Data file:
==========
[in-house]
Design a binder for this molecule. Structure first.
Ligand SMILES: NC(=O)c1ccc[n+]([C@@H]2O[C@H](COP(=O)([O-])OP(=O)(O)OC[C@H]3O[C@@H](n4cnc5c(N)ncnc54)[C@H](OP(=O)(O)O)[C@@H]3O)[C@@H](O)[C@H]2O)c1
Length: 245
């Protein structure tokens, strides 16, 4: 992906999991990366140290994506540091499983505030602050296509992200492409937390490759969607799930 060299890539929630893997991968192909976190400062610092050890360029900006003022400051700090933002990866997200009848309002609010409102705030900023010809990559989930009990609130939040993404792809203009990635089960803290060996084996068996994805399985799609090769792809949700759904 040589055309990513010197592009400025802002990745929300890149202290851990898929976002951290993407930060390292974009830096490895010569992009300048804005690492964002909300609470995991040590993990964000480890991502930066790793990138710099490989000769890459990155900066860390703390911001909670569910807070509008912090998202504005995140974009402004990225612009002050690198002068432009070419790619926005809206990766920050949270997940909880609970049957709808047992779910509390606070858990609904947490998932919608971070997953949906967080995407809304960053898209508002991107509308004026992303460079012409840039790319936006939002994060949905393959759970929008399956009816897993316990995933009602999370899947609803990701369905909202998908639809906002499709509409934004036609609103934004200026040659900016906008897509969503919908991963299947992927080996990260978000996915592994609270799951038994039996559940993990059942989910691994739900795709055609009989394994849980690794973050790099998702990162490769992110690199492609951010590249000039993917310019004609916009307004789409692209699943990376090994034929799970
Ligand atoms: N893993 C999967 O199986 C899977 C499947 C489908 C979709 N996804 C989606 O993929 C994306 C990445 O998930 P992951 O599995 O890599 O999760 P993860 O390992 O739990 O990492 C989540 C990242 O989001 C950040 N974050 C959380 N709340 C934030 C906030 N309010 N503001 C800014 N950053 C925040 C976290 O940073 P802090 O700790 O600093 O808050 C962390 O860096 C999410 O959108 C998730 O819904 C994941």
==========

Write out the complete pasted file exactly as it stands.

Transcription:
[in-house]
Design a binder for this molecule. Structure first.
Ligand SMILES: NC(=O)c1ccc[n+]([C@@H]2O[C@H](COP(=O)([O-])OP(=O)(O)OC[C@H]3O[C@@H](n4cnc5c(N)ncnc54)[C@H](OP(=O)(O)O)[C@@H]3O)[C@@H](O)[C@H]2O)c1
Length: 245
């Protein structure tokens, strides 16, 4: 992906999991990366140290994506540091499983505030602050296509992200492409937390490759969607799930 060299890539929630893997991968192909976190400062610092050890360029900006003022400051700090933002990866997200009848309002609010409102705030900023010809990559989930009990609130939040993404792809203009990635089960803290060996084996068996994805399985799609090769792809949700759904 040589055309990513010197592009400025802002990745929300890149202290851990898929976002951290993407930060390292974009830096490895010569992009300048804005690492964002909300609470995991040590993990964000480890991502930066790793990138710099490989000769890459990155900066860390703390911001909670569910807070509008912090998202504005995140974009402004990225612009002050690198002068432009070419790619926005809206990766920050949270997940909880609970049957709808047992779910509390606070858990609904947490998932919608971070997953949906967080995407809304960053898209508002991107509308004026992303460079012409840039790319936006939002994060949905393959759970929008399956009816897993316990995933009602999370899947609803990701369905909202998908639809906002499709509409934004036609609103934004200026040659900016906008897509969503919908991963299947992927080996990260978000996915592994609270799951038994039996559940993990059942989910691994739900795709055609009989394994849980690794973050790099998702990162490769992110690199492609951010590249000039993917310019004609916009307004789409692209699943990376090994034929799970
Ligand atoms: N893993 C999967 O199986 C899977 C499947 C489908 C979709 N996804 C989606 O993929 C994306 C990445 O998930 P992951 O599995 O890599 O999760 P993860 O390992 O739990 O990492 C989540 C990242 O989001 C950040 N974050 C959380 N709340 C934030 C906030 N309010 N503001 C800014 N950053 C925040 C976290 O940073 P802090 O700790 O600093 O808050 C962390 O860096 C999410 O959108 C998730 O819904 C994941």